School Times: The Art Of Cheating

By • Feb 1st, 2011 • Category: Features

Cheating is a revered art that should not be practiced by novices and slow humans. But before you scamper to your wife’s bedroom shouting “Wife, Mununuzi has said it’s okay. Am going out for a meeting with Dorothy”, this statement does not in any way condone being unfaithful to your sex partner but rather delves into the remarkably intricate mind of one O-level student who chose to violate the educational sanctity of his form two end of year chemistry paper a.k.a me.

We called it banging kasasi.

Ironically, the dude banging kasasi is the one dangling on the balcony

I hated chemistry with an eternally voracious passion. There’s virtually nothing I knew about the subject except that if two people fell in love, it meant they had chemistry.

Every stream in our class had small groups that claimed they had access to the staffroom and knew what questions would appear in any paper. Membership in such groups came at a high cost unless you had the right qualities.

For instance, to qualify for the chemistry kasasi, you had to show a devoted decline of intellect manifested in your steady failure of the different mid-term tests.

Scoring anything above 40% in your last paper meant you were brilliant and had the capacity to pass unaided which interpreted to possessing the capacity to snitch on your cheating buddies. Therefore, bright dudes were considered diseased outcasts.

My poor record in the chemistry paper qualified me for the chemistry kasasi group fronted by classmate Bukutuka. Bukuts believed cheating was a gift passed on to him by older and wiser generations and it therefore earned him the right to be leader of the kasasi party (not to be confused with NRM).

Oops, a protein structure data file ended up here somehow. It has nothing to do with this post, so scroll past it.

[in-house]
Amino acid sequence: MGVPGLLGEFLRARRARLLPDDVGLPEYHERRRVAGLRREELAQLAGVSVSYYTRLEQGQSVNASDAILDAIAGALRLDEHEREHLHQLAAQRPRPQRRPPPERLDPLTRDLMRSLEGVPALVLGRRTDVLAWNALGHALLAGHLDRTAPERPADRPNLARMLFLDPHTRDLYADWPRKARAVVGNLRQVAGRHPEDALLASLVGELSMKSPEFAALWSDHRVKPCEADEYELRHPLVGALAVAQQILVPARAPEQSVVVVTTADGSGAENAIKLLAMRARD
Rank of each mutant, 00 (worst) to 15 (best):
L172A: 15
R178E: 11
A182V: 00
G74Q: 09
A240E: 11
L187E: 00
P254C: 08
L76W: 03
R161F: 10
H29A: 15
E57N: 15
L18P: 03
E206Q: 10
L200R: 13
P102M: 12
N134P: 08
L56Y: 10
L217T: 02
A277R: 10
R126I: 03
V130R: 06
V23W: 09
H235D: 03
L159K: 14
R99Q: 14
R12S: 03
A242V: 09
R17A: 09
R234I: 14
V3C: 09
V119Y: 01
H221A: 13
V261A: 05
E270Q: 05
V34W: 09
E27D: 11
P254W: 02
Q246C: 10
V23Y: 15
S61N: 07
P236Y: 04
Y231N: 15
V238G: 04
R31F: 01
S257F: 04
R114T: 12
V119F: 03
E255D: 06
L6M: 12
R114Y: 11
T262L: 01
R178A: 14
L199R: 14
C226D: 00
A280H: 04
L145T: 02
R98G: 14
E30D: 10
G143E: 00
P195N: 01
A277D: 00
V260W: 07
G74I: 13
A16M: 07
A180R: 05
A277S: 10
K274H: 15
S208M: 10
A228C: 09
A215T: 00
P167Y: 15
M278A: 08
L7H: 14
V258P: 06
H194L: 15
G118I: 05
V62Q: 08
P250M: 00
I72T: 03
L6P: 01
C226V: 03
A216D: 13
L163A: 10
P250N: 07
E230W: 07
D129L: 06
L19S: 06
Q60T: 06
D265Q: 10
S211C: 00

He claimed he knew all the set questions and asked us to meet him after evening preps in one of the lonely classrooms.

He read the different questions to a group of about twelve very attentively brainless boys. We walked out after the meeting to laugh at our dimwitted pals who were wasting time reading hard for a paper we knew we would ace and spent the rest of the time just making noise.

On D-Day, we tightly folded the bu-pieces of paper on which we had scribbled the answers and squeezed them into our socks, shoes and underwear. We were extremely careful that the teachers who did the frisking were not in the least bit suspicious.

It had to be the right kind of underwear. With pockets and stuff.

During the exam is when all the best tricks of cheating ingenuity were put to the test. The chemistry master was seated in one corner at the front with another student invigilator seated in the other. Every move was supposed to be calculated with paramount precision.

You had to make sure you were on the blind side of the invigilators’ angles of vision before pulling out your paper to commence the copying process.

Another stern rule was that if caught in the act, you never snitched on your buddies. The prospect of facing the consequences solo made one even more careful. However, all these rules would have applied if the answers we had on our pieces of paper were right.

But because you expect a happy ending, yeah sure we all passed the paper, the bad guy died, we got married to our pretty girlfriends, had beautiful kids and lived happily ever after.

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